• Click on Generate and then select Print to print out your paper wallets.

How to Transfer Bitcoins to Your Paper Wallet

In order to transfer BTC to or from your paper wallet, you need to use a third-party Bitcoin software wallet. When you want to send funds to your paper wallet, you just need to enter your public key as the destination address when initiating a transaction from a software wallet such as Mycelium wallet for Android or Bread wallet for iOS devices.

Never try to manually enter your public address into your software wallet app because it’s very easy to make a typing error, which can result in sending your funds to the wrong address or an unexisting BTC address. The safest way is to scan the public key QR code with your software wallet app on your paper wallet.

Once you send coins to your paper wallet, you should check the progress of your transaction through the Bitcoin blockchain on a blockchain explorer such as Blockchain.info.

How to Transfer Bitcoins From Your Paper Wallet

Transferring coins from your paper wallet to a third-party address is initially a bit more complicated but actually really simple when you get the hang of it. The thing with paper wallets is that you should always transfer all of the stored coins to another wallet or exchange platform without leaving any assets on the wallet. This is recommended because if you only spend a portion of your BTC, the rest will be lost because that’s just how paper wallets work.

For this reason, you should always sweep your paper wallet’s balance in full. Sweeping means that you spend or send the entire balance of your wallet to a third-party address, such as a software wallet or crypto exchange.

Let’s say that you want to send your BTC from a paper wallet to your Mycelium or Bread wallet. You just need to find your Import Private Key or Hardware Wallet option and enter the paper wallet’s private key in order to send all of the stored funds to your software wallet. Keep in mind that many software wallets don’t have this option, so it’s important to use a BTC wallet that does.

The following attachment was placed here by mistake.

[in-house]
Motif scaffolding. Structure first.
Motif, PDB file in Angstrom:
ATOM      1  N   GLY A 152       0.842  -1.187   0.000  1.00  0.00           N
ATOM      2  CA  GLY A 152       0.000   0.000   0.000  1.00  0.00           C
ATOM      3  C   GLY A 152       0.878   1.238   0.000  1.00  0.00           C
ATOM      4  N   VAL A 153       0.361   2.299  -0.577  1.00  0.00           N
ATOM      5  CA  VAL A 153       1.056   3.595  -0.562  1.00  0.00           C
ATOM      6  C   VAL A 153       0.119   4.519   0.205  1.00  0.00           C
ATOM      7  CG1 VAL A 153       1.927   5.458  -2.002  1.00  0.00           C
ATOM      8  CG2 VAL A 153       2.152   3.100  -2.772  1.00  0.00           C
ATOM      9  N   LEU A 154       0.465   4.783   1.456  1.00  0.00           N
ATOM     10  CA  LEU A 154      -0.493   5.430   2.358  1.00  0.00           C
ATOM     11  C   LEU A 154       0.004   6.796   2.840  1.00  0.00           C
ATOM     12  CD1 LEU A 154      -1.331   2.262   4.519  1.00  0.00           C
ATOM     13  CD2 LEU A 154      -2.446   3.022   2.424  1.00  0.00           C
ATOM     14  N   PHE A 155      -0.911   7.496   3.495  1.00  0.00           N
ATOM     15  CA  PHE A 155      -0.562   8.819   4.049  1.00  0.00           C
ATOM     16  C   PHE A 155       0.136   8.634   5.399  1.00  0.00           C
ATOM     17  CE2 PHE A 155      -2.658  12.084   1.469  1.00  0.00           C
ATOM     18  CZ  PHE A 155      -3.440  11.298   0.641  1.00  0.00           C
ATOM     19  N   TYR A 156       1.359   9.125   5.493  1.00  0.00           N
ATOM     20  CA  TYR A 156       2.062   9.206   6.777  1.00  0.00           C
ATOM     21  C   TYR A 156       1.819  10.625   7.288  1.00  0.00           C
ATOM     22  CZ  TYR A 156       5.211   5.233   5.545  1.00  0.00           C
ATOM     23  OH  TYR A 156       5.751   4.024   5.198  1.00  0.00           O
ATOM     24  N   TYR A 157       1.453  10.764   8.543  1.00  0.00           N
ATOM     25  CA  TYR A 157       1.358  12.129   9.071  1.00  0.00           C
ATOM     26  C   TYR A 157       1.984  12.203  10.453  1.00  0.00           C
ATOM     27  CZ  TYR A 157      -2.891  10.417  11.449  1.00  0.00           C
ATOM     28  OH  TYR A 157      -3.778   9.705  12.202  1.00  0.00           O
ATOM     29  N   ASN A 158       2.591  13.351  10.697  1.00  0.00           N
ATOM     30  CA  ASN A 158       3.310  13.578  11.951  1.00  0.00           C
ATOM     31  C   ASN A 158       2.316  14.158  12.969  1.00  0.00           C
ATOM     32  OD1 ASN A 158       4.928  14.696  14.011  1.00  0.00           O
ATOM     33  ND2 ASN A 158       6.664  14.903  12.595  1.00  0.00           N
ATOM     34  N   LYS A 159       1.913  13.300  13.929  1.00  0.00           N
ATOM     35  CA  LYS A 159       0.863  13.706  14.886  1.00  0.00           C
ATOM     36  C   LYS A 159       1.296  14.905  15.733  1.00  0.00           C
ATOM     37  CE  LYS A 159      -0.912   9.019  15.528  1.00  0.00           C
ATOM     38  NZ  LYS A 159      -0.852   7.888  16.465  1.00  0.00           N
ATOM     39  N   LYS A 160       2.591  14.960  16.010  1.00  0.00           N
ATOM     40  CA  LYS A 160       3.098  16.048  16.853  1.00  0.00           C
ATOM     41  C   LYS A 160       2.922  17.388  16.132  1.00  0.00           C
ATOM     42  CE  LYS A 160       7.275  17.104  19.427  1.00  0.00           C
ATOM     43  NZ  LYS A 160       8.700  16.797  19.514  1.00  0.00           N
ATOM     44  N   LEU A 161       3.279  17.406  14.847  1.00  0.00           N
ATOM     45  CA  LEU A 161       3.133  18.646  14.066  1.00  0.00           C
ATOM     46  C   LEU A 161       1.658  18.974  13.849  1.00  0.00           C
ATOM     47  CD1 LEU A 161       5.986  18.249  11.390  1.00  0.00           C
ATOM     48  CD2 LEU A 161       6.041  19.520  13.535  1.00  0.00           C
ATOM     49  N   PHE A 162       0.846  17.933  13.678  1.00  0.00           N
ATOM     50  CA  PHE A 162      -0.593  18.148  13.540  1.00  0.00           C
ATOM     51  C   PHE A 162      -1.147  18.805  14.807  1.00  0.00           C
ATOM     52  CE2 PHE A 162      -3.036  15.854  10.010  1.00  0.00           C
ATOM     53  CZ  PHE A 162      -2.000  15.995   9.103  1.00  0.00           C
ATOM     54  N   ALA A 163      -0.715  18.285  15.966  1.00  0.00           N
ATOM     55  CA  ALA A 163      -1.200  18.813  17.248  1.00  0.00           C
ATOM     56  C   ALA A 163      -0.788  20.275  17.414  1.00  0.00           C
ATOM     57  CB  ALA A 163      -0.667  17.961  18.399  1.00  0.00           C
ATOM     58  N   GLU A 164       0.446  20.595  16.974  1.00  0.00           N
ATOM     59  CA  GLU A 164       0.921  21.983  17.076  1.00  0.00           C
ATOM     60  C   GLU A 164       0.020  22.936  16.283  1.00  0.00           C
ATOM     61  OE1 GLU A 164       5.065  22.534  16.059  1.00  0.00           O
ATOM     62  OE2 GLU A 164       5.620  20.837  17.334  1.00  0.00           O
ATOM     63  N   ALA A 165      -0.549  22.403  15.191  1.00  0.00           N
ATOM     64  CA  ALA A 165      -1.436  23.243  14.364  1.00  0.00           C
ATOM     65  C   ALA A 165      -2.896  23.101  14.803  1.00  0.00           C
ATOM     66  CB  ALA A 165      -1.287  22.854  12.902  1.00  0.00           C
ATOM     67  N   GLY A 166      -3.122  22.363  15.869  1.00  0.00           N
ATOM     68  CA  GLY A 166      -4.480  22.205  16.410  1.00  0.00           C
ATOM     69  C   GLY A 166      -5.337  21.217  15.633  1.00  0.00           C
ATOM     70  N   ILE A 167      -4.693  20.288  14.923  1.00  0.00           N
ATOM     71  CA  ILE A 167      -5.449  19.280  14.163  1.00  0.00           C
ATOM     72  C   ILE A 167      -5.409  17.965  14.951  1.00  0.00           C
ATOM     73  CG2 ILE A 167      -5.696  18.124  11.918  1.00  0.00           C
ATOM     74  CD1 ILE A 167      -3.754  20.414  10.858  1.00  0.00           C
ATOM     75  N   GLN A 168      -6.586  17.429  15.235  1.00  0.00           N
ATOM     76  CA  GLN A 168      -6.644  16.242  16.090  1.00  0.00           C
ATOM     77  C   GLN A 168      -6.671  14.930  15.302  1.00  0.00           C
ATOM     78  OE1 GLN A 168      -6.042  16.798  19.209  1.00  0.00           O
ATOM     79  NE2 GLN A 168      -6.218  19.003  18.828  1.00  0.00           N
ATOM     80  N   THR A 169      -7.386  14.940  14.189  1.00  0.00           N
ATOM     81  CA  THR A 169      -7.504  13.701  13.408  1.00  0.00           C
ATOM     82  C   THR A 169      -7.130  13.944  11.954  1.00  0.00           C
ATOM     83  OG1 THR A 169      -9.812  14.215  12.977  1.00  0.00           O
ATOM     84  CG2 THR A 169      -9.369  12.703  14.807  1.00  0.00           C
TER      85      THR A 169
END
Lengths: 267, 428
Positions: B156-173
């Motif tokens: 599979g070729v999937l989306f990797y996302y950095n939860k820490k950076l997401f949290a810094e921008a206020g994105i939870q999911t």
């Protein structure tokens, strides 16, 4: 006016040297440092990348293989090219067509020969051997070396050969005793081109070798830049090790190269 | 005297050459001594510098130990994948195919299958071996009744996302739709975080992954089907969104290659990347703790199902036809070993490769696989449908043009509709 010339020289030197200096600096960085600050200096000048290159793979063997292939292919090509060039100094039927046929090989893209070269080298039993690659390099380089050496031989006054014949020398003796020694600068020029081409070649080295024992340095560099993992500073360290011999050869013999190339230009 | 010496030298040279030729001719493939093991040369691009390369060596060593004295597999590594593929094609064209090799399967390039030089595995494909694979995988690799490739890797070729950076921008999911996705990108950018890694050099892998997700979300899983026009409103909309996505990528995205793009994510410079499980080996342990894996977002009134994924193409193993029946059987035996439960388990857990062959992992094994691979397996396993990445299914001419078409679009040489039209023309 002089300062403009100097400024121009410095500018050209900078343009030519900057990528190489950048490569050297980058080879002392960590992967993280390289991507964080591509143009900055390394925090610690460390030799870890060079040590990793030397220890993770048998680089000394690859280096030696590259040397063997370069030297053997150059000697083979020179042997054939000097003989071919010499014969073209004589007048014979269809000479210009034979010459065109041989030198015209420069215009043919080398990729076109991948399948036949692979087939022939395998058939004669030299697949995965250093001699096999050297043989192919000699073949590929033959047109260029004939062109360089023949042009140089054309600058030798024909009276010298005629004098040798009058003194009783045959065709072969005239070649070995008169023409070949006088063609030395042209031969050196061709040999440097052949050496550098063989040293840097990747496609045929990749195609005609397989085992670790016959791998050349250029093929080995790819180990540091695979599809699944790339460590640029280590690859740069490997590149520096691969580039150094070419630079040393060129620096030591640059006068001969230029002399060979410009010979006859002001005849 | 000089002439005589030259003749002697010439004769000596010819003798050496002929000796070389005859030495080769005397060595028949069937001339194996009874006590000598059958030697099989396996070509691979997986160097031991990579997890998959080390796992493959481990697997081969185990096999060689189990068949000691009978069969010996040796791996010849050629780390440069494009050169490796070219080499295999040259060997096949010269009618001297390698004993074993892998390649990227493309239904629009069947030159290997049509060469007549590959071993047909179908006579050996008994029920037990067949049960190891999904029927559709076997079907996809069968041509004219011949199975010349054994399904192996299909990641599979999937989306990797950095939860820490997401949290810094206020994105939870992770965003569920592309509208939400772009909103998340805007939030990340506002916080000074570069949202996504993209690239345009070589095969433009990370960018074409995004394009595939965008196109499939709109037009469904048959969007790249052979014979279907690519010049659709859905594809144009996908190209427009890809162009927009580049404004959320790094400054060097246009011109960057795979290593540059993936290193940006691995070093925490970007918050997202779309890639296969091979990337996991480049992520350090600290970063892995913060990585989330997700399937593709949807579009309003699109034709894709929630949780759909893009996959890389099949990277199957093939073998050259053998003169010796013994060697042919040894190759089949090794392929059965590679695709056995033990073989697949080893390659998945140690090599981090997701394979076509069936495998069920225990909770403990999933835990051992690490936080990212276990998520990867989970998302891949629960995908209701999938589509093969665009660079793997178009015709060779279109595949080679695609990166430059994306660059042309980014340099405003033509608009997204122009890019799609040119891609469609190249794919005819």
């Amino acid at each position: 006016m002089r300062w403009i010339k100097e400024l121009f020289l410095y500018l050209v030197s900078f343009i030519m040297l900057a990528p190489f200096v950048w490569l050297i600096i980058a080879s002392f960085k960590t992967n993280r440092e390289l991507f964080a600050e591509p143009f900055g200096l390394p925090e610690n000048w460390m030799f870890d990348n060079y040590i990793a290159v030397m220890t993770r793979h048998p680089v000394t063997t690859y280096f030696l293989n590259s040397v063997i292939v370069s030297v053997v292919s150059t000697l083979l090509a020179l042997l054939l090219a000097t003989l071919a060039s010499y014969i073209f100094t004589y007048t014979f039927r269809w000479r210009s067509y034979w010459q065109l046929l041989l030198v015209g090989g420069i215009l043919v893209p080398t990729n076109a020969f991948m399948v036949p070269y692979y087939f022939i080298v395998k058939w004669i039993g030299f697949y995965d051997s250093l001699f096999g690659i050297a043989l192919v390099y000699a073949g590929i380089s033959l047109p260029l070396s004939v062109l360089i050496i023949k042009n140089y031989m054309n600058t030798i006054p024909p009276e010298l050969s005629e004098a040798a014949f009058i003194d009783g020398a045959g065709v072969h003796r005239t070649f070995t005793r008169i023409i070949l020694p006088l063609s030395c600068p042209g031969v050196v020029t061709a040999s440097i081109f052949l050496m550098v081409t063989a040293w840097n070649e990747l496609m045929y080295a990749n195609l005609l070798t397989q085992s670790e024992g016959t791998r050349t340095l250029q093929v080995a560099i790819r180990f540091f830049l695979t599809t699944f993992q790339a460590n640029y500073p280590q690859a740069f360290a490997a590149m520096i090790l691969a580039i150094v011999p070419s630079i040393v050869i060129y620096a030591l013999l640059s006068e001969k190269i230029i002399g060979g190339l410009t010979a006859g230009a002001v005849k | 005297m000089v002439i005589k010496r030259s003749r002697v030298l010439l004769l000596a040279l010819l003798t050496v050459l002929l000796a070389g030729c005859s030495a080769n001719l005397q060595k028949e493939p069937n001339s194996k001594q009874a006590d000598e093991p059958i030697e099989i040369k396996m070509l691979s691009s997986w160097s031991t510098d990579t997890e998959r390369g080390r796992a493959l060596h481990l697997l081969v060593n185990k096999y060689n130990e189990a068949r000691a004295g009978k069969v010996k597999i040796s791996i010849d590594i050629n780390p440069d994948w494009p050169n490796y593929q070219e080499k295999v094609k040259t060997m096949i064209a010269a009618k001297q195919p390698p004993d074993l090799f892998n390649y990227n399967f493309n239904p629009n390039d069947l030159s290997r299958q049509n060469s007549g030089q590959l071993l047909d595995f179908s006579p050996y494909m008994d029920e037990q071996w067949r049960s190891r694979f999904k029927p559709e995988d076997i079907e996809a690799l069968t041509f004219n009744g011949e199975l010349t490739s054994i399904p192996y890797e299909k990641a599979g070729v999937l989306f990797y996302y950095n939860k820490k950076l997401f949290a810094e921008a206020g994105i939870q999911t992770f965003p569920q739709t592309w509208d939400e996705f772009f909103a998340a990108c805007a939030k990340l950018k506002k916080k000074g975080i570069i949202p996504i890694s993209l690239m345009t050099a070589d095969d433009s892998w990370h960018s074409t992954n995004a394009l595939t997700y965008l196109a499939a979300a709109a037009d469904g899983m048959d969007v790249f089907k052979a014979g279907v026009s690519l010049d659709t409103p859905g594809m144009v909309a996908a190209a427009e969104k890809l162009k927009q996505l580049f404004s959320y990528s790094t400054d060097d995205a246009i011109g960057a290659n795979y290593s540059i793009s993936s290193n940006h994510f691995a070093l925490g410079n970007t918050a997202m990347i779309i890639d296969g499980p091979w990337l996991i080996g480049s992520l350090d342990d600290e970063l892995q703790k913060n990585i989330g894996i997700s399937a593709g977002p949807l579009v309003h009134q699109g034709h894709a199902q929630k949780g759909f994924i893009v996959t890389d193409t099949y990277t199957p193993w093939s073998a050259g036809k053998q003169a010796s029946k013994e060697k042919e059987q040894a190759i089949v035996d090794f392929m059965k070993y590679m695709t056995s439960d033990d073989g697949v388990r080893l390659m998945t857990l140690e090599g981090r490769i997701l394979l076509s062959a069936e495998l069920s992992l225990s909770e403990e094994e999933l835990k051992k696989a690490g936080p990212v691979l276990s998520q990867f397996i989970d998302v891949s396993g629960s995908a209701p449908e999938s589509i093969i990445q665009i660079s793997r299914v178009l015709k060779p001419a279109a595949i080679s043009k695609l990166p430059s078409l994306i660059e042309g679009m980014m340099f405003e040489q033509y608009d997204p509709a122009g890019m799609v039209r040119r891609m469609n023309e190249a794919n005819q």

When you transfer the funds to a software wallet, you can spend a portion of the coins if you want to, and you can create a new wallet for the rest.

Issues With Paper Wallets

While paper wallets are highly secure, they do have several issues. The most apparent one is the inability to safely spend a portion of your stored assets. Also, the physical durability of a paper wallet is a huge issue. In case your wallet gets torn, or you spill liquid over it, it will become useless, and you will lose your funds. If the wallet is exposed to intense sunlight over a long time, the QR codes and keys might fade out and become useless. Ultimately, if someone gets their hands on your paper wallet and you don’t have a BIP38 passphrase implemented, they will surely steal your funds.

A Few Words Before You Go…

Paper wallets are one of the most secure types of crypto storage, alongside hardware wallets, but nowadays, users mostly prefer the latter when storing large amounts of Bitcoin and other cryptos. Nevertheless, if a paper wallet is more attractive to you as a storage option, there’s no reason not to use it, as long as you understand how it works and keep it in a safe location.